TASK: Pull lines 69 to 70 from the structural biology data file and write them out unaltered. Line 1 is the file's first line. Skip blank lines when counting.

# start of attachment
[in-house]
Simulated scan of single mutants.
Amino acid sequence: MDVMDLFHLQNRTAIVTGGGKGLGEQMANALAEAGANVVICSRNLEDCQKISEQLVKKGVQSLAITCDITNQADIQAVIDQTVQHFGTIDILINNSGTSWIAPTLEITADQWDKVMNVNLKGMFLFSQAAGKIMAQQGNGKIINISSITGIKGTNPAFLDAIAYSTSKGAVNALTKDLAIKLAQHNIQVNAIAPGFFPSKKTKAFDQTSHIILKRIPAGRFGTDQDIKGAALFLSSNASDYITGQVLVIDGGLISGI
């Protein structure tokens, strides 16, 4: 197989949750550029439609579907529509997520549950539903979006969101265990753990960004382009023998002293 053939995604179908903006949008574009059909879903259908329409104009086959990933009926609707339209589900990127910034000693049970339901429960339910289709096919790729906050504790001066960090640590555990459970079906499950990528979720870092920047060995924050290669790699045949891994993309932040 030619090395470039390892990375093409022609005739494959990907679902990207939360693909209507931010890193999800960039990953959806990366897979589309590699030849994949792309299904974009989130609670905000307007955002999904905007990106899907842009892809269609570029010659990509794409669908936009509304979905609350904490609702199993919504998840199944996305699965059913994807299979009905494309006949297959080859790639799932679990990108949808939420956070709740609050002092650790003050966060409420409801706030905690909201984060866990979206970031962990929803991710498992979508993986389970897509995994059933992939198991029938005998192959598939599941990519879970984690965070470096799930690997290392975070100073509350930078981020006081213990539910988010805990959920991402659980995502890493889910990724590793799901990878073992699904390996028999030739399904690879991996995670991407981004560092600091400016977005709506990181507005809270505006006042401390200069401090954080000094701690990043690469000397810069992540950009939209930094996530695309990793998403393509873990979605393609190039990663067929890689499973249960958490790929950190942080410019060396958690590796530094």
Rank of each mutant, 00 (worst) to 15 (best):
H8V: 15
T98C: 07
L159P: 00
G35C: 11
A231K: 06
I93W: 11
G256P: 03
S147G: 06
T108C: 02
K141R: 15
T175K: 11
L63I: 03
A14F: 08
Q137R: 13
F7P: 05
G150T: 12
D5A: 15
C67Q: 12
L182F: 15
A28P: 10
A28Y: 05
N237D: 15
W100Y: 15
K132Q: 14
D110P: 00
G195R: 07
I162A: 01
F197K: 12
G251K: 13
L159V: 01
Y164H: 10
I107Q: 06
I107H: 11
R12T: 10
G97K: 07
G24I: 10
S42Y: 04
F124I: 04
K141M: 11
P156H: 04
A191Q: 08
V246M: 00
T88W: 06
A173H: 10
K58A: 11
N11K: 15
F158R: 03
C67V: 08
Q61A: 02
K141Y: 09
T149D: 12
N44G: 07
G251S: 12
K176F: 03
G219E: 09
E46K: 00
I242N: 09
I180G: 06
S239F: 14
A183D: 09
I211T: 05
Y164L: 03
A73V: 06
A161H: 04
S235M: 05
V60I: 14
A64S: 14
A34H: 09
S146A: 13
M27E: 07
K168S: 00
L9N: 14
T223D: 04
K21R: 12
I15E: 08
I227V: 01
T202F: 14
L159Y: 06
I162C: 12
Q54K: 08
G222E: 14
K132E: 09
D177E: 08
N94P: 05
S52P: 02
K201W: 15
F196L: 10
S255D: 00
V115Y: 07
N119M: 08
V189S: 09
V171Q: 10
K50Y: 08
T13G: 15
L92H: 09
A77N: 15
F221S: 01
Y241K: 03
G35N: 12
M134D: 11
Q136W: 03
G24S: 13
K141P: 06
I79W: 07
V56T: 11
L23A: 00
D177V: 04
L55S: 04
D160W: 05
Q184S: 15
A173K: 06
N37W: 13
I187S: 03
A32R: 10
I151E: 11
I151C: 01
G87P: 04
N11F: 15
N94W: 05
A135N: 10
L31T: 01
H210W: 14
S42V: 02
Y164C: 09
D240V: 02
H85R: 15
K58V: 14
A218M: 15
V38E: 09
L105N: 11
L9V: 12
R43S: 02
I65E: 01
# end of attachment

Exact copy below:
A161H: 04
S235M: 05